Appellant was convicted in the Circuit Court for Wicomico County of attempted second degree rape, a second degree sexual offense, an unnatural and perverted practice, and assault and battery. After merging the assault and battery conviction, the court imposed consecutive sentences of seven years each for the attempted second degree rape and the second degree sexual offense and a concurrent two-year sentence for the unnatural and perverted practice. The victim of
Three questions are presented in this appeal which, on our own initiative, we have elected to hear in lieu of proceedings in the Court of Special Appeals: (1) whether a man may be convicted of attempted second degree rape when the victim is his wife, with whom he is living at the time of the conduct; (2) whether the evidence sufficed to support the various convictions; and (3) whether the court erred in failing to merge the unnatural and perverted practice conviction into the conviction for second degree sexual offense. The State has conceded the third issue, and, as a result, we shall vacate the two-year sentence entered on that conviction. Otherwise, we shall affirm the judgments entered below.
I. FACTUAL BACKGROUND
Appellant and his wife, Tammi, were married in 1991; in October, 1995, they resided together in their marital home in Salisbury; and on the evening of October 25-26, 1995, they engaged in some form of sexual activity and had an altercation that caused Ms. Lane to call 911 for assistance. Those facts are not in dispute. Virtually everything else was; appellant and his wife gave very different testimony regarding the state of their marriage, their living arrangements, and what occurred on that October evening.
According to appellant, he and his wife had a good marriage. They shared the same bedroom, had recently vacationed together, and engaged in intimate sexual relations. Ms. Lane, who traveled a lot in her job, returned home around 11:30 p.m. on October 25; they talked for a while, and she then went to bed. In an effort to be helpful, appellant retrieved her suitcase from her car in order to wash her clothes. In the course of unpacking the suitcase, he said, he discovered a diary in which she had recorded in some detail an affair she was having. Feeling the need to discuss the matter with her, appellant went to the bedroom, put his arm around her, and awakened her. He said that he confronted her with the knowledge gained from reading the diary in an attempt to salvage their marriage, that she initially denied there was a diary but then demanded its return, and that she offered, commenced, and engaged in sexual favors to induce him to return the diary. The altercation leading her to call the police, he claimed, broke out later, when he discovered her "daytimer" in her car, which he also refused to return. Even as to that, however, he portrayed her as the aggressor, to the point of threatening him with a gun.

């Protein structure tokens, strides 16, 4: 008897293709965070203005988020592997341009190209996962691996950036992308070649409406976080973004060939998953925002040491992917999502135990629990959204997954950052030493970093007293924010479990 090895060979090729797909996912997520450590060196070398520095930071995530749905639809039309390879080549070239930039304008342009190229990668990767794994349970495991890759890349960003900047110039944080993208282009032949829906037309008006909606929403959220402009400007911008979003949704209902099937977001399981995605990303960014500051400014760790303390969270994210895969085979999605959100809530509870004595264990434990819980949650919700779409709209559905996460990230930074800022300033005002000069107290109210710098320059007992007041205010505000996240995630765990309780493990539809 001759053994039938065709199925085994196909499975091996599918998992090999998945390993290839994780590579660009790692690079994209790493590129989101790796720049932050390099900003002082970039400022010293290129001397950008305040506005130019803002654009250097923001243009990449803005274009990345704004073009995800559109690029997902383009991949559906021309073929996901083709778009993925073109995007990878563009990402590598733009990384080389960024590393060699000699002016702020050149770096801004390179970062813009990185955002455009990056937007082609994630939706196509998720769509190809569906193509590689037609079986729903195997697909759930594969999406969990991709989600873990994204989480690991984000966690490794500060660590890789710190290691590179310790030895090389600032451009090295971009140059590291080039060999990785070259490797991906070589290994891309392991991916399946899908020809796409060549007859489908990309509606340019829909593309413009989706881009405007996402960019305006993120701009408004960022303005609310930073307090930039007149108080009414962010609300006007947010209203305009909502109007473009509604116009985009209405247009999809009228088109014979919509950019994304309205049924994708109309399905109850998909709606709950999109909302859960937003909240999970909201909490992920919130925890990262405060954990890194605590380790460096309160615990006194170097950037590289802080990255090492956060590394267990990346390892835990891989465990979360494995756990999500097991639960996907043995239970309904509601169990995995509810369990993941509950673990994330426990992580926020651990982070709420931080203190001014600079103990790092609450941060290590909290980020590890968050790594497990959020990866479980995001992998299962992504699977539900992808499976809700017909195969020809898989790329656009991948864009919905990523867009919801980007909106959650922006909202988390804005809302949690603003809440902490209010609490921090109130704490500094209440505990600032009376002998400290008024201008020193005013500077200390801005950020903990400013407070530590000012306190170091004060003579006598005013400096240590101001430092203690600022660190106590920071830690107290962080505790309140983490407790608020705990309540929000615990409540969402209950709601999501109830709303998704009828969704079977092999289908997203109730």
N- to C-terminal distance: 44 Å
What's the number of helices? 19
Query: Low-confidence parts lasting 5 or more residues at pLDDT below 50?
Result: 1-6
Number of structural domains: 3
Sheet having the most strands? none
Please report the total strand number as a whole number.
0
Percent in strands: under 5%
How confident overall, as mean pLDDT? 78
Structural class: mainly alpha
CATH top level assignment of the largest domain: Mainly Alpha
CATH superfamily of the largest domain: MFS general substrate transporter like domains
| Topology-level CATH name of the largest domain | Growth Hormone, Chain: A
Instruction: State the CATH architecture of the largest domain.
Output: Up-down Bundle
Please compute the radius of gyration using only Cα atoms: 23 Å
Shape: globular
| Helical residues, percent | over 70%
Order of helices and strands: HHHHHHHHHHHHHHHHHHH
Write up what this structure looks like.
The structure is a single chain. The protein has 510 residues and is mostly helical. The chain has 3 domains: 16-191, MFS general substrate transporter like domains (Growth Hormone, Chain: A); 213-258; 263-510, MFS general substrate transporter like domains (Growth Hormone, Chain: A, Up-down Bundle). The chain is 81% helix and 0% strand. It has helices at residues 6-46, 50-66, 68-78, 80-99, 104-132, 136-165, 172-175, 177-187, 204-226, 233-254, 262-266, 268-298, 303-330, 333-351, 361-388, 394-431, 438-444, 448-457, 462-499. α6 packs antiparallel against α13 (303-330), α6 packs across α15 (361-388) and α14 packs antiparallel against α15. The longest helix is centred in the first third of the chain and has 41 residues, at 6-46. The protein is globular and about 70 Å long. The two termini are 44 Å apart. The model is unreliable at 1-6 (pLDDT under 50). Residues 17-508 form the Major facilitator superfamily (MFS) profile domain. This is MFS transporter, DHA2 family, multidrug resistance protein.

Had the court, in this non-jury trial, accepted appellant's version, it no doubt would have acquitted him of the charges brought against him. The court did not accept that version, however, but chose to give greater credence to Ms. Lane's version.
According to Ms. Lane, the marriage was not a happy one. They had talked about separating on a number of occasions; they occupied separate bedrooms—she slept in an upstairs bedroom and he remained downstairs on the couch; and they had not had sexual relations for more than a year. She was a supervisor for Food Lion—a grocery chain—and was responsible for stores in the Virginia Beach area and on the Eastern Shore of Maryland. That, she said, required considerable travel. On October 25, she returned home between 7:30 and 8:00 p.m. from Virginia Beach, where she had been for three days. Upon her return, appellant began to complain about her being away so much, and, after an hour or more of argument, she went upstairs to go to bed.
At some point, Ms. Lane said, she was awakened to find appellant on top of her, jumping on her. She was lying on her back, clad in her underwear and a tee shirt, and appellant was essentially sitting on her hips, straddling her legs. He was screaming that he had found out about her boyfriend and was going to ruin her and that he would henceforth do what he wanted with her, sexually. She said he grabbed her wrists with one of his hands and held them over her head and, with his other hand, penetrated her vagina. Somehow, he also managed to remove her tee shirt and underwear, expose his penis, slap her face from side to side with it, and attempt to insert it into her mouth. Ms. Lane added that "[h]e tried to have intercourse